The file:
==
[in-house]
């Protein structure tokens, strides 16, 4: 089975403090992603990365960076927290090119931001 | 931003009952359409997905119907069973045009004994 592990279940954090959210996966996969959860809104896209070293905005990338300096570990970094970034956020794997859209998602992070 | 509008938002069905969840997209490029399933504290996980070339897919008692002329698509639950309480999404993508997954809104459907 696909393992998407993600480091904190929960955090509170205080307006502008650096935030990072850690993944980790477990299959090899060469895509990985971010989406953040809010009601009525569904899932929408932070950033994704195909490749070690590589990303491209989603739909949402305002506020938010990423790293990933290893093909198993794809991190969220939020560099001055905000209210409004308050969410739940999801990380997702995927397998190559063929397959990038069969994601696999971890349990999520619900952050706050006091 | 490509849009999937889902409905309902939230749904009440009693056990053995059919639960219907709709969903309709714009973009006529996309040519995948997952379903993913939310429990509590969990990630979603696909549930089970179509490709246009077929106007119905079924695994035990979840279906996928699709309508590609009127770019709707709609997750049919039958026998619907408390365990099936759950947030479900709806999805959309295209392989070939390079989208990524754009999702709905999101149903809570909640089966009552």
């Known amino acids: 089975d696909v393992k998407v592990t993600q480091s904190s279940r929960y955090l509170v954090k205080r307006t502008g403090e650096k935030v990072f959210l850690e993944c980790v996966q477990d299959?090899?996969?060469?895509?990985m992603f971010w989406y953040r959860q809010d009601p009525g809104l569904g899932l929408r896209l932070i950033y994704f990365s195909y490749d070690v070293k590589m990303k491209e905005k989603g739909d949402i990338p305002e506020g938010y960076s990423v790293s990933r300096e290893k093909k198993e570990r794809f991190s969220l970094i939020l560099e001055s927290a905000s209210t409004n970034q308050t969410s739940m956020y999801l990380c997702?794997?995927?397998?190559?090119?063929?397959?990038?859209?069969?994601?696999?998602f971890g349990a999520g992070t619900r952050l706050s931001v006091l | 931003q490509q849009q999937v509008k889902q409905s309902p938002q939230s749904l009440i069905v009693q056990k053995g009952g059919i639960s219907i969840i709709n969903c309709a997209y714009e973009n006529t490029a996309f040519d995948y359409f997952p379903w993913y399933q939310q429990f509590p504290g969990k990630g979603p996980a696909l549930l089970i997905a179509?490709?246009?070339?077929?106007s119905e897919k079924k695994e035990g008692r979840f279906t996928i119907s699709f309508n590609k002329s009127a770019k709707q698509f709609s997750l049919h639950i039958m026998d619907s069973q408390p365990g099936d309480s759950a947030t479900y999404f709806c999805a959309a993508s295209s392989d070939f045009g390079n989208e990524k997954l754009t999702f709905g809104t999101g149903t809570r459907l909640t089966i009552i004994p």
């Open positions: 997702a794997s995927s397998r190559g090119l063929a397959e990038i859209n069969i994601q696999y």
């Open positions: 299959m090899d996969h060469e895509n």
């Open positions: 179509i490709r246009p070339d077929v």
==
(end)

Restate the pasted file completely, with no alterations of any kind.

[in-house]
């Protein structure tokens, strides 16, 4: 089975403090992603990365960076927290090119931001 | 931003009952359409997905119907069973045009004994 592990279940954090959210996966996969959860809104896209070293905005990338300096570990970094970034956020794997859209998602992070 | 509008938002069905969840997209490029399933504290996980070339897919008692002329698509639950309480999404993508997954809104459907 696909393992998407993600480091904190929960955090509170205080307006502008650096935030990072850690993944980790477990299959090899060469895509990985971010989406953040809010009601009525569904899932929408932070950033994704195909490749070690590589990303491209989603739909949402305002506020938010990423790293990933290893093909198993794809991190969220939020560099001055905000209210409004308050969410739940999801990380997702995927397998190559063929397959990038069969994601696999971890349990999520619900952050706050006091 | 490509849009999937889902409905309902939230749904009440009693056990053995059919639960219907709709969903309709714009973009006529996309040519995948997952379903993913939310429990509590969990990630979603696909549930089970179509490709246009077929106007119905079924695994035990979840279906996928699709309508590609009127770019709707709609997750049919039958026998619907408390365990099936759950947030479900709806999805959309295209392989070939390079989208990524754009999702709905999101149903809570909640089966009552």
């Known amino acids: 089975d696909v393992k998407v592990t993600q480091s904190s279940r929960y955090l509170v954090k205080r307006t502008g403090e650096k935030v990072f959210l850690e993944c980790v996966q477990d299959?090899?996969?060469?895509?990985m992603f971010w989406y953040r959860q809010d009601p009525g809104l569904g899932l929408r896209l932070i950033y994704f990365s195909y490749d070690v070293k590589m990303k491209e905005k989603g739909d949402i990338p305002e506020g938010y960076s990423v790293s990933r300096e290893k093909k198993e570990r794809f991190s969220l970094i939020l560099e001055s927290a905000s209210t409004n970034q308050t969410s739940m956020y999801l990380c997702?794997?995927?397998?190559?090119?063929?397959?990038?859209?069969?994601?696999?998602f971890g349990a999520g992070t619900r952050l706050s931001v006091l | 931003q490509q849009q999937v509008k889902q409905s309902p938002q939230s749904l009440i069905v009693q056990k053995g009952g059919i639960s219907i969840i709709n969903c309709a997209y714009e973009n006529t490029a996309f040519d995948y359409f997952p379903w993913y399933q939310q429990f509590p504290g969990k990630g979603p996980a696909l549930l089970i997905a179509?490709?246009?070339?077929?106007s119905e897919k079924k695994e035990g008692r979840f279906t996928i119907s699709f309508n590609k002329s009127a770019k709707q698509f709609s997750l049919h639950i039958m026998d619907s069973q408390p365990g099936d309480s759950a947030t479900y999404f709806c999805a959309a993508s295209s392989d070939f045009g390079n989208e990524k997954l754009t999702f709905g809104t999101g149903t809570r459907l909640t089966i009552i004994p």
């Open positions: 997702a794997s995927s397998r190559g090119l063929a397959e990038i859209n069969i994601q696999y």
């Open positions: 299959m090899d996969h060469e895509n």
């Open positions: 179509i490709r246009p070339d077929v």